The M800 Demonstrator has had an interesting life. It was first released in 2008 as a special edition to celebrate the company’s 170th anniversary and it came in two forms. The first of these was a standard demonstrator in clear, transparent resin that lacked any embellishment on the barrel or cap. The clear resin allowed for unobstructed viewing of the brass piston assembly which was complimented by Pelikan’s standard gold plated trim. At the same time, another model was released, identical to the first save that this one featured etched descriptors of the various parts filled in with white paint. These pointed out key features such as the spindle nut, twist stopper, and piston to name just a few. Eight attributes in all were labeled along the barrel and piston knob. Interestingly, this particular model featured a cut out in the brass connector of the piston assembly to allow for better visualization of the spindle within the connector, making it a true demonstrator pen. When the same features were incorporated on an M805 variant in palladium trim in 2015, this little detail would be left out. Most of the etched variants were annotated in the English language while a small minority would be done in Spanish. Niche Pens once declared that, “Altogether, 3,500 Clear Demonstrators were produced, the majority with English engravings, a small number with Spanish engravings and an even smaller number with no engravings at all.” While the veracity of that statement cannot be verified, it further imbues the M800 Demonstrator with a bit of mystique. Both pens were readily available in their time but have been out of production for about twelve years now and are infrequently encountered. This model is not without its fair share of intrigue and new developments for 2020 make it worth revisiting.
The tale outlined above seems pretty straight forward but the story doesn’t end there. We have additional variations seen in the wild that were never intended for the market. The first of these is the infamous Spanish model, uncommon in themselves, amongst which there exists a few examples that sport what is considered to be a mistake. This model’s engravings are done in the Spanish language and the word “Empuñadura” is engraved on the piston knob which is supposedly not the intended description. As the story goes, 25 of these mislabeled models were made before the error was identified and production stopped. Pelikan was able to recall six of them resulting in 19 of the erroneous pens remaining in the wild. Another permutation that has been found was re-sold by Martini Auctions back in 2012, this one sporting German imprints, likely a prototype that never saw large scale production. These rare misprints and prototypes can command quite a sum when encountered on the secondary market.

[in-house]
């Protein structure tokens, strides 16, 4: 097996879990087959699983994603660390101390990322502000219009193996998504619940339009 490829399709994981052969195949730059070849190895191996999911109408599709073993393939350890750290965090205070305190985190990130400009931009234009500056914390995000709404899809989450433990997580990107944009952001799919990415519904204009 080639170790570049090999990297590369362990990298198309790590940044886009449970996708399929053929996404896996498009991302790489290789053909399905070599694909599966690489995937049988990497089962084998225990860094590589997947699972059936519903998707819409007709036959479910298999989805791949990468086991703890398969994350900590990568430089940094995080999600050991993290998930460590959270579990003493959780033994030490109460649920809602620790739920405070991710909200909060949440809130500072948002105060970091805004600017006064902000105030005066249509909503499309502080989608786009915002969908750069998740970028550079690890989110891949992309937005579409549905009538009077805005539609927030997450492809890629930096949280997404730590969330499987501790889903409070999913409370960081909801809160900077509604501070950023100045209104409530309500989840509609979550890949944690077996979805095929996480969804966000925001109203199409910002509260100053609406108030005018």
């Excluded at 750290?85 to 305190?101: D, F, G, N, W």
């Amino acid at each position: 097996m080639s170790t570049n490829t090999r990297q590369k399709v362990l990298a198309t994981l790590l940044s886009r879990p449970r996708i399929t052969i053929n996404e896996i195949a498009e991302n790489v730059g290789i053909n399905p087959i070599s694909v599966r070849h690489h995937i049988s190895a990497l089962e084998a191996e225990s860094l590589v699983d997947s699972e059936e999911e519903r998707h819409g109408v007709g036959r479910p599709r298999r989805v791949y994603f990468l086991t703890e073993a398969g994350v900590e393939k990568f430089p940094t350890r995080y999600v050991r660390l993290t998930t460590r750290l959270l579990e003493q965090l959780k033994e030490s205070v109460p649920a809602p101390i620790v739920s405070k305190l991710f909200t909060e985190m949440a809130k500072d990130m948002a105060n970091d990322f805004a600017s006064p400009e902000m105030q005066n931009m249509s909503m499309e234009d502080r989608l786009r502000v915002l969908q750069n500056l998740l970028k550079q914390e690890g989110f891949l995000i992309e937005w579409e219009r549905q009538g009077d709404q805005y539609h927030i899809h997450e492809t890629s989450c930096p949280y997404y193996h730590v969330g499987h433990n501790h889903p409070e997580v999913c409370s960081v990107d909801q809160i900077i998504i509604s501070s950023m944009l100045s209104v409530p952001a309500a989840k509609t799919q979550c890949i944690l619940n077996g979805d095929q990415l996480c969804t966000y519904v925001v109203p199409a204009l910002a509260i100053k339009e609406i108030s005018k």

While these oddities are indeed fascinating, they are now eclipsed by a new development in the M800 Demonstrator saga. For 2020, it appears that Pelikan has released a limited edition of 1000 etched M800 demonstrators exclusively for the Chinese market. Officially labeled as the “M800 Demonstrator – Chinese Edition,” each pen bears etchings in either traditional or simplified Chinese which labels the various components in the same way as its predecessors. Unlike the 2008 model, this version lacks the cut away on the piston assembly and the cap top is now gold plated. Those features and the Chinese markings aside, the pens otherwise appear identical. That means there are two trim rings on the piston knob, two bands at the cap lip, and one ring at the section. The cap band is inscribed “Pelikan Souverän Germany” and the pen is equipped with an 18C-750 two tone gold nib. All of the furniture is plated in 24 carat gold. This impressive pen also comes with some unique packaging. To start, there is a large, thin and somewhat nondescript outer white box with the Pelikan logo. That gives way to an inner sleeve housing a green book with gold lettering along the spine and the company logo on the front. The book opens to reveal a recess within which the pen resides. A small green manual completes the package. These look to be going for around 4200 Chinese Yuan which is roughly equivalent to $600. If you want to pick one up and don’t speak Chinese, you’d do well to get an agent to shop for you on Taobao. While I cannot find any official documentation from Pelikan, this new model for all the world looks to be legitimate and another example à la 2019’s King Michael I of Romania of a release with a regional hyper focus.
2008 – Plain and etched versions of the M800 Demonstrator are released featuring gold plated trim. The pens are labeled in both English and Spanish. Erroneous examples of the Spanish version are created, inadvertently resulting in a rarity.
2012 – A likely prototype variant of an M800 Demonstrator with etchings written in the German language and previously found at a pen show was sold at auction.
2015 – Plain and etched versions of the M805 Demonstrator are released featuring palladium plated trim. This model lacks the cut away on the connector and the attributes are labeled in English only.
2020 – An etched version of the M800 Demonstrator limited to 1000 models is released in China with labels in both simplified and traditional Chinese. This model also lacks the cut away on the connector.
Labeled Attributes of the Etched M800 Demonstrator (English/Spanish/Chinese)
- Spindle nut / Tuerca del husillo / 旋軸導桿
- Grip / Empuñadura / 旋鈕
- Connector / Pieza de unión / 連接器
- Twist Stopper / Tope de giro / 制止間
- Spindle / Husillo / 旋軸
- Piston / Émbolo / 活塞
- Ink tank / Depósito / 儲墨槽
- Ink feeder / Alimentador / 導墨器